• Watch eating out. Large food chains have to publish nutrition but smaller ones don’t which means you really don’t know what you are eating. Assume its always worse than what you think.

So how do you get started? Find something to log the calories of the food you eat. I’ve only ever used the Lose It app but I’m sure there are others. They have a lot of common foods in its catalog and you can add your own.

You need to know your base calorie requirements outside of any exercise. This is actually tricky as everyone’s body is different, peoples metabolisms are different. I have a lot of muscle mass which burns energy even when idle for example. A good place to start is your Basal Metabolic Rate (BMR). This is the energy you burn if you just existed, i.e. didn’t move. http://www.bmi-calculator.net/bmr-calculator/ is an easy to use resource. Put in your height, weight, age and gender and it will tell you your BMR. For example a 6 foot and 191 lbs my BMR is 1878. Go and work yours out.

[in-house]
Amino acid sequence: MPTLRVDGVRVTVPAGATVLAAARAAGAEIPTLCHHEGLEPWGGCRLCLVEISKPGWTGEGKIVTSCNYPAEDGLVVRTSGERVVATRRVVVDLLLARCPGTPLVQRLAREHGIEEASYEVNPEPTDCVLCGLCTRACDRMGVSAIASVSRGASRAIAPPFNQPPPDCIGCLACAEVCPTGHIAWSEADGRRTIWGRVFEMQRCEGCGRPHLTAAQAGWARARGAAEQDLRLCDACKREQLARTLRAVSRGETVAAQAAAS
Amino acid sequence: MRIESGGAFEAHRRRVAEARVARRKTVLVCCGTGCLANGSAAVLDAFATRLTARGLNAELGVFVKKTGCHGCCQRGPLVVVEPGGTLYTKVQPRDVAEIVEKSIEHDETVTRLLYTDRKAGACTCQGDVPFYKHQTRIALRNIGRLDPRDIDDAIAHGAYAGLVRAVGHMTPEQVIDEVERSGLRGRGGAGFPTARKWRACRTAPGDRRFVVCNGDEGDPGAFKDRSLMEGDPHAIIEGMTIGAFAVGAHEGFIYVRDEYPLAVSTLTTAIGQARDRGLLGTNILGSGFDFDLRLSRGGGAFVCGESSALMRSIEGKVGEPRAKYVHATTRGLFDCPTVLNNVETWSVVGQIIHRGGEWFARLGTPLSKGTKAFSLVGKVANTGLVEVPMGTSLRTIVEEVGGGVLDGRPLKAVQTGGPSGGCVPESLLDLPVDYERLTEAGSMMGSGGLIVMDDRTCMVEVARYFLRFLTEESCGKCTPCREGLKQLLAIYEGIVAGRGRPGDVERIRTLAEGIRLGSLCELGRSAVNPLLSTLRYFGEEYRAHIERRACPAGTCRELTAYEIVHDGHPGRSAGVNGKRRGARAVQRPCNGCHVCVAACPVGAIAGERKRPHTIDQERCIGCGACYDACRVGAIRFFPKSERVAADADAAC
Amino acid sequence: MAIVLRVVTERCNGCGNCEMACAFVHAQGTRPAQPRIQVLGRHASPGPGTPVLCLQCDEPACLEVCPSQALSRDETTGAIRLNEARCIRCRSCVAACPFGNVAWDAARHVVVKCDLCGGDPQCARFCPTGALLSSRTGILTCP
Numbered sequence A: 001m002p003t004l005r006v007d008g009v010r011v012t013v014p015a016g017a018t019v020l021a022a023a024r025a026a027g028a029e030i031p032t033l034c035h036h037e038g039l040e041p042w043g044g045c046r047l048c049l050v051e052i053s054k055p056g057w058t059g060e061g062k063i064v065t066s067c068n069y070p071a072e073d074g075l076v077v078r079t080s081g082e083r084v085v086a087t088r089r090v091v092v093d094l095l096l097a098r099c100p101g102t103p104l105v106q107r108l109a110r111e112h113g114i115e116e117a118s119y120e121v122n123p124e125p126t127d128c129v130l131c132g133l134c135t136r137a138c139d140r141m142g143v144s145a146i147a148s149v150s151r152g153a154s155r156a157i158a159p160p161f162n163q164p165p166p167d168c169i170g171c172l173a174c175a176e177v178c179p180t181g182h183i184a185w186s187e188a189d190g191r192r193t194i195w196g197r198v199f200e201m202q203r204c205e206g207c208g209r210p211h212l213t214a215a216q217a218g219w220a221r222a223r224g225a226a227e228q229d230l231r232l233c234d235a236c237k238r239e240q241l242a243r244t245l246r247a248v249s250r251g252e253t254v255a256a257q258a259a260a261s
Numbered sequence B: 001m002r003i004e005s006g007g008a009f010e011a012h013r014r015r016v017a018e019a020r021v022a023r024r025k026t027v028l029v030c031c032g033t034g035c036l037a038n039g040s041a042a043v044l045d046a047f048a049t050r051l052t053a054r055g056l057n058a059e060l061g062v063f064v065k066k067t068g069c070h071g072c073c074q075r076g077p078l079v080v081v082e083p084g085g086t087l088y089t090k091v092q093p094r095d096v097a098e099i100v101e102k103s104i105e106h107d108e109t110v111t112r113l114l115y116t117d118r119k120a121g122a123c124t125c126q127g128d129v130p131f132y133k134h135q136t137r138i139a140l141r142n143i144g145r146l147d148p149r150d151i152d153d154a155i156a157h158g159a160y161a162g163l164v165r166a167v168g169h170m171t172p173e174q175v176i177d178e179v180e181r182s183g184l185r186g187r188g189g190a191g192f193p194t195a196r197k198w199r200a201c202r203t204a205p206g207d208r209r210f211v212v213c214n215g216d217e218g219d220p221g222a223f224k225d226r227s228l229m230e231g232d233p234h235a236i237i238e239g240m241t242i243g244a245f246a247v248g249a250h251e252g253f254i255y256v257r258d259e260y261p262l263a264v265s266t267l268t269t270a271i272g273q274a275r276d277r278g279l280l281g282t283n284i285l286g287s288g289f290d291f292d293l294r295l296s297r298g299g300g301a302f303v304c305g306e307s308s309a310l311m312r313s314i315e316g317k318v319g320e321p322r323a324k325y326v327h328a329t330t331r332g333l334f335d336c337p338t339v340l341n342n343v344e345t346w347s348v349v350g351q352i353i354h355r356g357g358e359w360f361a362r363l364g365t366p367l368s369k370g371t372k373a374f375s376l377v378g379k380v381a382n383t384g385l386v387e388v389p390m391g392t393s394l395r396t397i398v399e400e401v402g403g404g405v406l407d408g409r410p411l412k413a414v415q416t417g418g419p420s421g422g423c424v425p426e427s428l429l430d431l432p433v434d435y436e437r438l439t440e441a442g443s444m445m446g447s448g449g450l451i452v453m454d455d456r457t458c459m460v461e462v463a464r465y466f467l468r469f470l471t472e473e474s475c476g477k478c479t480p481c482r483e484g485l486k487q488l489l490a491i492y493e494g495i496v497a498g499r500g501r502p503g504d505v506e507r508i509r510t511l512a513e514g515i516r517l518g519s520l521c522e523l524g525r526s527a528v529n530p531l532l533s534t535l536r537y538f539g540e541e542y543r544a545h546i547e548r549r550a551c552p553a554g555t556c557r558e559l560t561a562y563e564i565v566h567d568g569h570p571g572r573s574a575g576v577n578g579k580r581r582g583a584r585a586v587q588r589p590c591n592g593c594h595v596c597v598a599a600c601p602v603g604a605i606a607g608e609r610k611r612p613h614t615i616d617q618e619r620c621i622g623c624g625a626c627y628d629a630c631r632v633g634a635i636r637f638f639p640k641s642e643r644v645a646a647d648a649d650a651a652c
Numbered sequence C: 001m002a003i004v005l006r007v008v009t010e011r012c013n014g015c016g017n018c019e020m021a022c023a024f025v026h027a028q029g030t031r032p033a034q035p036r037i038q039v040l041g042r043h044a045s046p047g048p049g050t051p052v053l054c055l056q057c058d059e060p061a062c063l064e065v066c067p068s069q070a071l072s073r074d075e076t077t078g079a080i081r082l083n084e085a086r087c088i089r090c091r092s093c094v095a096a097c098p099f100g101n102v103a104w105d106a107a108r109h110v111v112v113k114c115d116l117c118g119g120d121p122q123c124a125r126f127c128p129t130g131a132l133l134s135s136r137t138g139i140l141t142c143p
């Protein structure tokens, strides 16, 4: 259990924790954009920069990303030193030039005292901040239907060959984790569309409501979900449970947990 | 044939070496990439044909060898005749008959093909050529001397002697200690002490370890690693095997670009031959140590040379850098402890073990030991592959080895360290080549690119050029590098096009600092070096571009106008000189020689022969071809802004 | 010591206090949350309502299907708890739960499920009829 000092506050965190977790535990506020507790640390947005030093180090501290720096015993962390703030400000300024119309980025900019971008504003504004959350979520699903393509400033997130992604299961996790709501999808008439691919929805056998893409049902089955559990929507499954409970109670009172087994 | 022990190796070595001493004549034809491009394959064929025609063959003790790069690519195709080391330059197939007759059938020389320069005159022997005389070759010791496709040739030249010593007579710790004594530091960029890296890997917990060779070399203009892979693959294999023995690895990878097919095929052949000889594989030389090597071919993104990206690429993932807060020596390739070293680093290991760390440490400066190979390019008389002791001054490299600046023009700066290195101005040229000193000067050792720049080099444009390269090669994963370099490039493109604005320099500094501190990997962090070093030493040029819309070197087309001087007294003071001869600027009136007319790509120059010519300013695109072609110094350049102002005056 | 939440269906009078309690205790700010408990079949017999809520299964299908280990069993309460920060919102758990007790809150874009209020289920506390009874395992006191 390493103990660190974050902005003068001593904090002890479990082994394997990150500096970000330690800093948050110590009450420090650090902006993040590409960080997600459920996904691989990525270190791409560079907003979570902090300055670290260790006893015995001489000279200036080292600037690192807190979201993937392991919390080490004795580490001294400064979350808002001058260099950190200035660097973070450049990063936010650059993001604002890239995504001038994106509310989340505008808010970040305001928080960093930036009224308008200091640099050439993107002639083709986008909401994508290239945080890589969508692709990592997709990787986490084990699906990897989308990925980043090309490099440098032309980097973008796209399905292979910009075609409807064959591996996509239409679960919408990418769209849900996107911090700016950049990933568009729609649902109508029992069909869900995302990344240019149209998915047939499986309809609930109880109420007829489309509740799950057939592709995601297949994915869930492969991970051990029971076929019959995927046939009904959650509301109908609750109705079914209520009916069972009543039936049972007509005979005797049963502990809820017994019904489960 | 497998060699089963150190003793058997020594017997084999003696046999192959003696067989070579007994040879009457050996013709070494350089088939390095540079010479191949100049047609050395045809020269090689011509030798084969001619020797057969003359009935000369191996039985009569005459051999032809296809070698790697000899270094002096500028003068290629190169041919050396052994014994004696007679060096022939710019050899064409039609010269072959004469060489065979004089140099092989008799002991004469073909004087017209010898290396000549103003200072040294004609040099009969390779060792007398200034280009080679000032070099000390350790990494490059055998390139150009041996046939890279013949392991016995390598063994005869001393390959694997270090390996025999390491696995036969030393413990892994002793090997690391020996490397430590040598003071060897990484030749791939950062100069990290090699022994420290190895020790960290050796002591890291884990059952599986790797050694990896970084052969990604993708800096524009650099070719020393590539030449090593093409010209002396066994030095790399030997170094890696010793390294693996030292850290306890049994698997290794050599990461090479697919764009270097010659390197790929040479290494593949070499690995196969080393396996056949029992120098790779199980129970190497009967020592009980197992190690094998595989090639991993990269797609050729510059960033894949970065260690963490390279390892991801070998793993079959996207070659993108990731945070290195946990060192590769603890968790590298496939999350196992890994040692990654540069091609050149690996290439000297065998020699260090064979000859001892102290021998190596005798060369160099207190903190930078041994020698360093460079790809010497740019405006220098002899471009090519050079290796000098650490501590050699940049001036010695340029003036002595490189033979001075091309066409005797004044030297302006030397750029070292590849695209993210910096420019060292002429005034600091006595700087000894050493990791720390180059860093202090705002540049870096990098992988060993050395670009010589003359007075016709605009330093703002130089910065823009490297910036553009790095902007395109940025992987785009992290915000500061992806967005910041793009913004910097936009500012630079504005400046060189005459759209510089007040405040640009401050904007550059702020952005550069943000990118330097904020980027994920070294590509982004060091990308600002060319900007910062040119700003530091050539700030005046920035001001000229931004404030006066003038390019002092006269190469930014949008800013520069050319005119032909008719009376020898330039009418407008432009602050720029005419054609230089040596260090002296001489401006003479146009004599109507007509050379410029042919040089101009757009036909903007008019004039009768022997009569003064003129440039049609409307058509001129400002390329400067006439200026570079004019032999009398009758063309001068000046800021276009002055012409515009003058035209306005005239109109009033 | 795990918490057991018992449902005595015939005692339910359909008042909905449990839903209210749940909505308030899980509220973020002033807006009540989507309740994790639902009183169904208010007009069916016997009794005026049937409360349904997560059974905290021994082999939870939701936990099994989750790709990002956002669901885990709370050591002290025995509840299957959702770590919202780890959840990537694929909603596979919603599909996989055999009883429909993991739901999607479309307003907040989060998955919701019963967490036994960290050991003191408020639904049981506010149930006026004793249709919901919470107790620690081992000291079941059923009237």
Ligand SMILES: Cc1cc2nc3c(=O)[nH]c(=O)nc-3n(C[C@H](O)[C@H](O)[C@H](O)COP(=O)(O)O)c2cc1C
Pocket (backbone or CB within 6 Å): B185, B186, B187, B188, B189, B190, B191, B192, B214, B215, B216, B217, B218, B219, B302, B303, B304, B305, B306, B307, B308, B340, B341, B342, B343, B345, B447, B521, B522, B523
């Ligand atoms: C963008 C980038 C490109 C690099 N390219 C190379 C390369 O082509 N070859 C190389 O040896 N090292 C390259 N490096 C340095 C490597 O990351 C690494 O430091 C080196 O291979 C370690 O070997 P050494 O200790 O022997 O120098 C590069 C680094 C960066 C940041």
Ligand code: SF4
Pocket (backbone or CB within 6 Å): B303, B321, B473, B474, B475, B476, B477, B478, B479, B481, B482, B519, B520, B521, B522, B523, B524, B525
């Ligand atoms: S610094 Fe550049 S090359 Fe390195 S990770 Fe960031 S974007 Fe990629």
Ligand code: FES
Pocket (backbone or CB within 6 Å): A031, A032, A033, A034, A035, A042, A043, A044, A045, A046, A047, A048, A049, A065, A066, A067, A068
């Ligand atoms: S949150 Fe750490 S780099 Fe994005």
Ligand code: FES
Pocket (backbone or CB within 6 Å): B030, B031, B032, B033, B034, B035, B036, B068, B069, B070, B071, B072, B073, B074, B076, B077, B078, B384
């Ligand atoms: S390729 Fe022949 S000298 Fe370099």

Now despite what my wife may say I don’t just exist. I get up, I drive, I walk, I eat (which itself uses energy to digest food) etc. The Harris Benedict Equation gives a multiplier for the BMR to work out a base calorie requirement. You can look this up however since we will separately log the exercise we do for the exact calories I don’t want to include any exercise which means I’m just going to use 1.3 (sedentary/lightly active) since I know I do some walking as part of life which I’m not going to separately log. That gives me a base calorie requirement of 1878 * 1.3 which is 2,441.

Now the app you use may actually work this out for you and remember as you lose weight this number will change so you’ll have to update this base calorie amount as your weight drops! Lose It set my base calorie number as 2,610 which is what I’ve used. The app may also let you set a goal and automatically update your calorie goal based on your desired results. For example if you tell it you want to lose a pound a week it will remove 500 calories a day from your calorie allowance. I didn’t do that. I just say flat weight and aim for a 500 calorie deficit each day. Now I’ve lost the weight I want I’ll aim for a 0 deficit each day or maybe eat more than I burn to add muscle (that’s a whole different discussion).